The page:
RAYTOWN, Mo. — Three tax proposals got a decisive "no" from voters in Raytown Tuesday night.
A property tax increase, plus gas and use taxes were voted down by double-digit margins.
Revenue from the taxes would have gone to repair roads and to balance the city’s budget.
This comes after a contentious round of budget adjustments last year when Raytown cut nearly $3 million from a proposed police budget. That move eliminated 17 officer positions from the department.
The failure of all three tax measures surprised some residents.
"I don't understand why people wouldn't want to have those three things pass and improve our city," Morgana Burke, owner of Morgana's Gluten-Free, said.
The Raytown Area Chamber of Commerce, which endorsed the taxes, was also initially caught off guard.
"It's only been a day, but having talked to a few people yesterday, kind of understanding some reasons why. Not knowing where the money's going to go....three taxes at once, that seems a little overwhelming," Vicki Turnbow, the chamber president, said.
According to Turnbow, city staff had been working on two budget plans, one for if the taxes passed and another if they failed.
41 Action News wanted to interview someone with the city, but we were told Raytown's public information officer was in budget meetings all day.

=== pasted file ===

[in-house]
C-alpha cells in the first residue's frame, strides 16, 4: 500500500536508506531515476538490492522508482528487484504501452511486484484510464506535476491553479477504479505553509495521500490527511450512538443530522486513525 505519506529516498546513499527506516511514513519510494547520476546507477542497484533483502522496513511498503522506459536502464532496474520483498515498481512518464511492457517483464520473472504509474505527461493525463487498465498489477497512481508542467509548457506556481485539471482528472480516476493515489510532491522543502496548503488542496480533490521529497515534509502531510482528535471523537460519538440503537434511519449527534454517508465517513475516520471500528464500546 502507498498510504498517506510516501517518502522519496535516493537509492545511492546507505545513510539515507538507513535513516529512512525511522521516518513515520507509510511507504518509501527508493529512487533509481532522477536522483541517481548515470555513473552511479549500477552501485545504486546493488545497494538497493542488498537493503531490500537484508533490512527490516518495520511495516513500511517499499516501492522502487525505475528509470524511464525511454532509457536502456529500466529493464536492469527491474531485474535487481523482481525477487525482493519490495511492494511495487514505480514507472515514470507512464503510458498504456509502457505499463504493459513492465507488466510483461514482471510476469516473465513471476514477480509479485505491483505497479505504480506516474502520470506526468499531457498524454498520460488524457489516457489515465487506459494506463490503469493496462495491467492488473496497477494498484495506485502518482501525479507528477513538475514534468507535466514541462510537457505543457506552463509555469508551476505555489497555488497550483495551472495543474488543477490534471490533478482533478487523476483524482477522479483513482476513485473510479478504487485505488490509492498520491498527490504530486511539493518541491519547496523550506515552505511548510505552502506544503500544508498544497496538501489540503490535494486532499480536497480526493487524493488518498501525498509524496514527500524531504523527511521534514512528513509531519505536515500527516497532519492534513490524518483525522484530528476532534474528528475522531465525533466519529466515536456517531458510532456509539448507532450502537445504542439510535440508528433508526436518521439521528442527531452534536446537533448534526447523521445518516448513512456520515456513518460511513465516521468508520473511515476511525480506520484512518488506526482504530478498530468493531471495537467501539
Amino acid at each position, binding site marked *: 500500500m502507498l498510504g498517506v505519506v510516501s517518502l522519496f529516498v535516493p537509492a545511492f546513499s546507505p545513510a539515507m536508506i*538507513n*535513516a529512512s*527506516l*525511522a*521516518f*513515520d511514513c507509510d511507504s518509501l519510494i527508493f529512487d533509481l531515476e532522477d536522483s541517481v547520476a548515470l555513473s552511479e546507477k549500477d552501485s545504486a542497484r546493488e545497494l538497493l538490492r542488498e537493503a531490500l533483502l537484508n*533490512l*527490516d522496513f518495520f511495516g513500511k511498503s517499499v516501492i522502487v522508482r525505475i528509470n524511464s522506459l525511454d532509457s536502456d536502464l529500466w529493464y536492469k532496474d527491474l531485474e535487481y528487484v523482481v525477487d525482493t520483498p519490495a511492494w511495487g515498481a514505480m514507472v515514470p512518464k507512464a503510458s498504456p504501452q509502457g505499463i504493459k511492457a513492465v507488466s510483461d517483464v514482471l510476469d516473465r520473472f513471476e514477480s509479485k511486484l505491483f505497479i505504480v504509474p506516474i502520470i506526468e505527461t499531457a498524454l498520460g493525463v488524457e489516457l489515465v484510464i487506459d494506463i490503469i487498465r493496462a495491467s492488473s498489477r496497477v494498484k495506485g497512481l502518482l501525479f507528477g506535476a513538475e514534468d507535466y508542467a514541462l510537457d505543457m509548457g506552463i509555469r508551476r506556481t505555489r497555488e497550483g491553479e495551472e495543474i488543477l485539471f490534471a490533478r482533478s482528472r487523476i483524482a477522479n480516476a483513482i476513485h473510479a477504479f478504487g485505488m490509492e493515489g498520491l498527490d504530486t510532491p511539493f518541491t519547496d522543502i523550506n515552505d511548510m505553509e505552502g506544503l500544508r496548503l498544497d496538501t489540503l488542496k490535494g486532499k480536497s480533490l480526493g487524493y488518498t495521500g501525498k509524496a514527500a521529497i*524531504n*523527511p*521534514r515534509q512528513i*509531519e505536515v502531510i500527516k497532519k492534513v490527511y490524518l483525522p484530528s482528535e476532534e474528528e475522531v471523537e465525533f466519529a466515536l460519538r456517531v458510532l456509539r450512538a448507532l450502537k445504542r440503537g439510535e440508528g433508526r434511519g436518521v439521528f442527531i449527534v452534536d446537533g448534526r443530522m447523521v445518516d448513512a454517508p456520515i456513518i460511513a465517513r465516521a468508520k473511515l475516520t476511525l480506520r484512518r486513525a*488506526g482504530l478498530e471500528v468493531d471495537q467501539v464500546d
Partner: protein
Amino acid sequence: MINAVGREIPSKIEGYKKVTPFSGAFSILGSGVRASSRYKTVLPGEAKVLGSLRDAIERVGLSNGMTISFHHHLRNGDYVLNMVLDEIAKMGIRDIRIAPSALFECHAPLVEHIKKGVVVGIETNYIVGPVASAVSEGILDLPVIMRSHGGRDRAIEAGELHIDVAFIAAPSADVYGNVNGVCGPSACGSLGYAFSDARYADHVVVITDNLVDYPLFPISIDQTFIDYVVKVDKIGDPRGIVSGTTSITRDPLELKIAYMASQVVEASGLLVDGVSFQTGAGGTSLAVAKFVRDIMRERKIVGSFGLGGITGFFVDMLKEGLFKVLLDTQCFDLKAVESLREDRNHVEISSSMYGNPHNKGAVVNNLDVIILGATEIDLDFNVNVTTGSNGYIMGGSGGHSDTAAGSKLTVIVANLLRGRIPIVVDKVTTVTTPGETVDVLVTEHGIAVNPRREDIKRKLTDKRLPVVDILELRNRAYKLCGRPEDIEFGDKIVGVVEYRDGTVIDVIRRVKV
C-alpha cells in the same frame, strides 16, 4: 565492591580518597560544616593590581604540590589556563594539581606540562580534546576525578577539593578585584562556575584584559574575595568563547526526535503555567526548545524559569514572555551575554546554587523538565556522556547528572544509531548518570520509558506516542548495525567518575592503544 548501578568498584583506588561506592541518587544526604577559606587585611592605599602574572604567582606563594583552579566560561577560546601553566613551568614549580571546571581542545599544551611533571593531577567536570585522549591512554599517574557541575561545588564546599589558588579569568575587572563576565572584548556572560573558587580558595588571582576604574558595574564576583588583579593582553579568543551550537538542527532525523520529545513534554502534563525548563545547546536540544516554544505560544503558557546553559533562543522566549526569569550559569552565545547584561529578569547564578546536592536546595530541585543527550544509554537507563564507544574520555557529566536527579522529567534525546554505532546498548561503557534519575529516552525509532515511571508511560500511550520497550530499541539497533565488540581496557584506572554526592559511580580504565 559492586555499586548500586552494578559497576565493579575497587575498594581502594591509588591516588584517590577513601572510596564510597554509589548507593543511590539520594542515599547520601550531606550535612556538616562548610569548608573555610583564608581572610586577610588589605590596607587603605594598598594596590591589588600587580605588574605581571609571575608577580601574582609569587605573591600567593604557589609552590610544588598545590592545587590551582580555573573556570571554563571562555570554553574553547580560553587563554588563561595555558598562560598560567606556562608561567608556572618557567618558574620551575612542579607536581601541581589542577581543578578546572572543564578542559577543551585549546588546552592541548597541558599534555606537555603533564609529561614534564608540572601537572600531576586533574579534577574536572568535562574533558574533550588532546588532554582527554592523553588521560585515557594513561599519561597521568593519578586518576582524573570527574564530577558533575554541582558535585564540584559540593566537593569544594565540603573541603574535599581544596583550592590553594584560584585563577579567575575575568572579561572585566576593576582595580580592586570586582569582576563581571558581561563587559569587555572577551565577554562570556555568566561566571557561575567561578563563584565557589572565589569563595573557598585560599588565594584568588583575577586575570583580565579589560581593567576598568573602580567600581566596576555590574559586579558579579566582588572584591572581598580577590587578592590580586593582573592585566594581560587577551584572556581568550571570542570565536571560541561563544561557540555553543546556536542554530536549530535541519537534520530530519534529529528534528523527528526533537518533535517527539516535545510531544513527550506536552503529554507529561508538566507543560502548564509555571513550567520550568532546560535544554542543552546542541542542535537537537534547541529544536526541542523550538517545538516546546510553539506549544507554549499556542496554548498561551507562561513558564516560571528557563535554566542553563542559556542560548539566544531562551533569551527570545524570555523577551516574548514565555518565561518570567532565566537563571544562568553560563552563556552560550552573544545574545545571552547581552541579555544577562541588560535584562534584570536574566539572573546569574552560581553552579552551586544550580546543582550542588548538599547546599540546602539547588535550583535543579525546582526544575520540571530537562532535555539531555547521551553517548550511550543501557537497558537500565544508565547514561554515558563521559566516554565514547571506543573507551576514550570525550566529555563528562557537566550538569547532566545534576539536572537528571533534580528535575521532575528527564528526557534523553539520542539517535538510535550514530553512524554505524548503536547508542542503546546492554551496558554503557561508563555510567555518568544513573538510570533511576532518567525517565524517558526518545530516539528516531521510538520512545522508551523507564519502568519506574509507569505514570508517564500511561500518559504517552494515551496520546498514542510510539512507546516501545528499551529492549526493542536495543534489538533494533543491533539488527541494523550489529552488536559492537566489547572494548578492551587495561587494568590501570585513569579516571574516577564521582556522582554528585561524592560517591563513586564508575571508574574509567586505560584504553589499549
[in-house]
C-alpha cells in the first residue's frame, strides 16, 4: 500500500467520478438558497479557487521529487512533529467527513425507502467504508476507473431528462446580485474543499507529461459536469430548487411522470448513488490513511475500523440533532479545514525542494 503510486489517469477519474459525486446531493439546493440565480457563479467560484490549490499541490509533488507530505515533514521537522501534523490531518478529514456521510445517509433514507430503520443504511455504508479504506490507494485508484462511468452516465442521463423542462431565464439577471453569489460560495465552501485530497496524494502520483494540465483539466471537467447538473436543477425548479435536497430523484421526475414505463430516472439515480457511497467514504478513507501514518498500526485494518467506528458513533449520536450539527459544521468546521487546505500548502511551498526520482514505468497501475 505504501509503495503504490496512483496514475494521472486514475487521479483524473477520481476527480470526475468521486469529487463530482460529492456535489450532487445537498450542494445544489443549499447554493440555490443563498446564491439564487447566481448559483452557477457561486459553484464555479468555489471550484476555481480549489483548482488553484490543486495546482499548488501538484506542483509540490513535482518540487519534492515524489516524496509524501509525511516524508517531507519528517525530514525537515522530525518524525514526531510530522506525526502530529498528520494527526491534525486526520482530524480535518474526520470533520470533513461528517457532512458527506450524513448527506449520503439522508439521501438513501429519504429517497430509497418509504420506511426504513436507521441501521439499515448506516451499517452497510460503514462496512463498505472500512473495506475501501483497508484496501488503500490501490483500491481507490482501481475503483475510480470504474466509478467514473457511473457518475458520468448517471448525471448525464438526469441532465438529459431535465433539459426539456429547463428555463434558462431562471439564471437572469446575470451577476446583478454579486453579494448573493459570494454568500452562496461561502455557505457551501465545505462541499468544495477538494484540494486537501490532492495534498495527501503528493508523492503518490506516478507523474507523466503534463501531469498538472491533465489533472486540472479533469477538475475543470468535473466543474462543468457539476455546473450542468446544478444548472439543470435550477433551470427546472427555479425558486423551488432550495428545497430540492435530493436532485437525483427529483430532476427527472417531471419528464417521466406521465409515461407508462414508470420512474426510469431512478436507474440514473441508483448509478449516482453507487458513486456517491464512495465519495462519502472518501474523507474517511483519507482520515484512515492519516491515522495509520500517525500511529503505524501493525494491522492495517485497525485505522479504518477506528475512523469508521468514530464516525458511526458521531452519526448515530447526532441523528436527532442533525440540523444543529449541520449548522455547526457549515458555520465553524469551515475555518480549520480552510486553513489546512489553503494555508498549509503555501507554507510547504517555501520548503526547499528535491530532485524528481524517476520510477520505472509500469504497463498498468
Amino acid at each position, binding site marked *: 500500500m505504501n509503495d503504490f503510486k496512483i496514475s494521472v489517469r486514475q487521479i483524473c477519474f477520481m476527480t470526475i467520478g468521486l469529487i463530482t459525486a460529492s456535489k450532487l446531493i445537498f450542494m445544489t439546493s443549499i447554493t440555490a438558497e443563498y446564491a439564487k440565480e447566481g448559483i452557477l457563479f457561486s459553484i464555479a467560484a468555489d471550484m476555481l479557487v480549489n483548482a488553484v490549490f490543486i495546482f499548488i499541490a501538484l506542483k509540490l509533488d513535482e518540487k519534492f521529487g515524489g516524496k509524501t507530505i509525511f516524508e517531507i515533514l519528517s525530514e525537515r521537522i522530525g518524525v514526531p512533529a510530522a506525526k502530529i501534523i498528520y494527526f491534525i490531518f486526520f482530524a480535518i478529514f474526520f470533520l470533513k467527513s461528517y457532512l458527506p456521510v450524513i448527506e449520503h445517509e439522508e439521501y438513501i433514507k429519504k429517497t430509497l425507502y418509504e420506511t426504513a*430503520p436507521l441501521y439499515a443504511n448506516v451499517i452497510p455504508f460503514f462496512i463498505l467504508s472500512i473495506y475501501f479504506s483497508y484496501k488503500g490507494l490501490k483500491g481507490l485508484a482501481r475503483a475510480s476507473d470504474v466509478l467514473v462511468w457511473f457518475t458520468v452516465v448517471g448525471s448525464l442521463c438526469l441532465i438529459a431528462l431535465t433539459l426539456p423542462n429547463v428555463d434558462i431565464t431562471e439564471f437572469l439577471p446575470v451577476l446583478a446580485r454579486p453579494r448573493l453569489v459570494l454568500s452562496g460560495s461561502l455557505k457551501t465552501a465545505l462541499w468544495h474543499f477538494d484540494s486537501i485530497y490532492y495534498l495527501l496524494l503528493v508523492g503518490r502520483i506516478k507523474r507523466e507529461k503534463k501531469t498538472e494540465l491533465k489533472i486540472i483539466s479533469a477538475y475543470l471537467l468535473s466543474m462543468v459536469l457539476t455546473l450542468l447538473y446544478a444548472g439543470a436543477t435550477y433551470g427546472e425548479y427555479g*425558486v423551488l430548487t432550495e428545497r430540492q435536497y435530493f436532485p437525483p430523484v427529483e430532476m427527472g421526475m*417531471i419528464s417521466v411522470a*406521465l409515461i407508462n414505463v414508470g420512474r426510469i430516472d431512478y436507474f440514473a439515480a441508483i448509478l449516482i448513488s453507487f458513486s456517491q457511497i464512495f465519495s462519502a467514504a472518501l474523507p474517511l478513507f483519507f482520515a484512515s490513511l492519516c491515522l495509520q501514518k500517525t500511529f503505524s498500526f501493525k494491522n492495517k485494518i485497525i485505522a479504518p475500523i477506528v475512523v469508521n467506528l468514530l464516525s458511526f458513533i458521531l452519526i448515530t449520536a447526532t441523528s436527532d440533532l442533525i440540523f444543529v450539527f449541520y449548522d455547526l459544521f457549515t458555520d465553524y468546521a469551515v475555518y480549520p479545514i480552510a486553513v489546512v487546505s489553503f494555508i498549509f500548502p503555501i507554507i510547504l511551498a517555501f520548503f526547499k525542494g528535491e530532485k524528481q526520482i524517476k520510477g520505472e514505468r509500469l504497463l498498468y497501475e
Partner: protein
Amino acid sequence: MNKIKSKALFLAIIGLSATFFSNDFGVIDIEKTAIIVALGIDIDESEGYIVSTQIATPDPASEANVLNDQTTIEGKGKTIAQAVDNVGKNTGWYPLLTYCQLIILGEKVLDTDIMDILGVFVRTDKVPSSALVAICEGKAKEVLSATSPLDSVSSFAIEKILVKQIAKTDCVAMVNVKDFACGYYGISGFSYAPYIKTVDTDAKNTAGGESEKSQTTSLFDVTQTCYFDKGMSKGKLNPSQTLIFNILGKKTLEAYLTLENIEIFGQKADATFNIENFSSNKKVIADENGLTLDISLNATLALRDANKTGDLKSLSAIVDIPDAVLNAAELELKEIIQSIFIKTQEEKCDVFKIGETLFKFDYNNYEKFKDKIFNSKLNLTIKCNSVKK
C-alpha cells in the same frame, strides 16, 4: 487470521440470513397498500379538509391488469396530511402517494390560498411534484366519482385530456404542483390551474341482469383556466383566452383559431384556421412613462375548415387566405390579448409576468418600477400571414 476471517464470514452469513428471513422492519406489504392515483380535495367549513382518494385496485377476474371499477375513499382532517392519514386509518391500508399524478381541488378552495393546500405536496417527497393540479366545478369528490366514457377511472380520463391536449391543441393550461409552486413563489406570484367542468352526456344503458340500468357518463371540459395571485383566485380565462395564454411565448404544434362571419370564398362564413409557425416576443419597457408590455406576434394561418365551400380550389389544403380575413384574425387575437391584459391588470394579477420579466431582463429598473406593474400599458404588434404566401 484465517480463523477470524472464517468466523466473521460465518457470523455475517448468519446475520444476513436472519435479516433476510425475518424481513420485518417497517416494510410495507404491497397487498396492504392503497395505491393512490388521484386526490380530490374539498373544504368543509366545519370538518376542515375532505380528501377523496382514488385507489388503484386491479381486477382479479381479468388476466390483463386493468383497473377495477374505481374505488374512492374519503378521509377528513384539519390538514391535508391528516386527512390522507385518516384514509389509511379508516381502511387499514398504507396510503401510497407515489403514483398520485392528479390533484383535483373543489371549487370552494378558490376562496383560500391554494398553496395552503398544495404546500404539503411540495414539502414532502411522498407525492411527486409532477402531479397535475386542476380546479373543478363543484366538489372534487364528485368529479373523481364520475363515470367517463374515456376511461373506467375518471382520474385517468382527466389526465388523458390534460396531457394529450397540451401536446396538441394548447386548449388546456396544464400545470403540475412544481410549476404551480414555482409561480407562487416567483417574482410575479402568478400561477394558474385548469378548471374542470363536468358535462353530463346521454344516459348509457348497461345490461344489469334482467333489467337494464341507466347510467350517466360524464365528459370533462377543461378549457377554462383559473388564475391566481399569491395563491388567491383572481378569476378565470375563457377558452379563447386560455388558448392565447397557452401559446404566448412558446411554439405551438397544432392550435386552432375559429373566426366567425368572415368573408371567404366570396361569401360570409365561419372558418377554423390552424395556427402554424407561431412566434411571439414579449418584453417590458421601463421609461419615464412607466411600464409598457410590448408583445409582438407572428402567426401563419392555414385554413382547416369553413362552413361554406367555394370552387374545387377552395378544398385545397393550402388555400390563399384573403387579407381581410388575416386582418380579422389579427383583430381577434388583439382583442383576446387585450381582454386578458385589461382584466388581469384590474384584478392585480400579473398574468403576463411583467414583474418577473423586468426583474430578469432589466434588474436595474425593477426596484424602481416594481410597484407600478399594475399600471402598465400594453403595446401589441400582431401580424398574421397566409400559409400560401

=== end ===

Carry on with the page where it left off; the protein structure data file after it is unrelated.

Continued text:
However, Mayor Mike McDonough took to Facebook on election night.
"A majority of the voters have made the decision, and the government will have to live with that decision. It will be difficult. And that, my fellow citizens of Raytown, lies the truth in what we will face," he wrote in part.
Citizens for Progress, a political action committee formed by residents to support the measures, also released a statement online.
"The problems that we fought to find a solution for are still there... and we call upon the board of Aldermen to roll up their sleeves and get to work. The needs of the City of Raytown are great, and the resources are few," Treasurer Brian Morris and Deputy Treasurer Michael Anderson wrote.
The city must adopt a new budget by November 1, the start of the fiscal year.
Burke hopes more cuts don't hit the police department.
"You can only cut so much before you don't have anything to cut....if the tax didn't pass, what can be done?" she asked.
City leaders haven't announced whether or not they'll try to put any of the tax measures on the November or April ballot.